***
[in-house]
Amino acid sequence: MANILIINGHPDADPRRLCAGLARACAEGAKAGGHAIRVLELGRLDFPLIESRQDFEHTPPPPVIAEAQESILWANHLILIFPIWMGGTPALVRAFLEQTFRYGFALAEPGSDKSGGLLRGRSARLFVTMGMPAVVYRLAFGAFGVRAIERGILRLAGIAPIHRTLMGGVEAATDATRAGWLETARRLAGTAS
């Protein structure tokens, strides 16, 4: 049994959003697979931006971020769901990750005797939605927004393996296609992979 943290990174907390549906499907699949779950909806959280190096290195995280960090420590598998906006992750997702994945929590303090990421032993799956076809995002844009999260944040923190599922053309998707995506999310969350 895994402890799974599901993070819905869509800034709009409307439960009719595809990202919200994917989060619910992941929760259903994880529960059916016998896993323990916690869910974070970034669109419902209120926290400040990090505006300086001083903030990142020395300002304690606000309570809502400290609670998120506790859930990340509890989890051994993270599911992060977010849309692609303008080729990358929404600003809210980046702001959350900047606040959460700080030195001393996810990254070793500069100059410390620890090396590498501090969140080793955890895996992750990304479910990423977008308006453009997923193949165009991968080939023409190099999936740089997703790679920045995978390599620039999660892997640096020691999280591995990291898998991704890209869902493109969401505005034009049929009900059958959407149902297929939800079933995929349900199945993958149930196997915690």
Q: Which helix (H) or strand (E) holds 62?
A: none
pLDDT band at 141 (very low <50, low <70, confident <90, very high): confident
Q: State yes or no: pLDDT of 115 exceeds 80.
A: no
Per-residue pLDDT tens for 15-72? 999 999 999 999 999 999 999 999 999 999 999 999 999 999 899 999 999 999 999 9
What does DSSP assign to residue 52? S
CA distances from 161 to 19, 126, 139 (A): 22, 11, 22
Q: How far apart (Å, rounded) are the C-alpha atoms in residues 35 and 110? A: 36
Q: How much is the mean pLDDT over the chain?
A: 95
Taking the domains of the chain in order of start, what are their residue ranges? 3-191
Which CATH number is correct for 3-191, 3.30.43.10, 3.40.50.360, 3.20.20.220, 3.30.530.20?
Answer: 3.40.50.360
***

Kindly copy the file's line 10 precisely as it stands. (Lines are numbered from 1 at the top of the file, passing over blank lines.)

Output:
What does DSSP assign to residue 52? S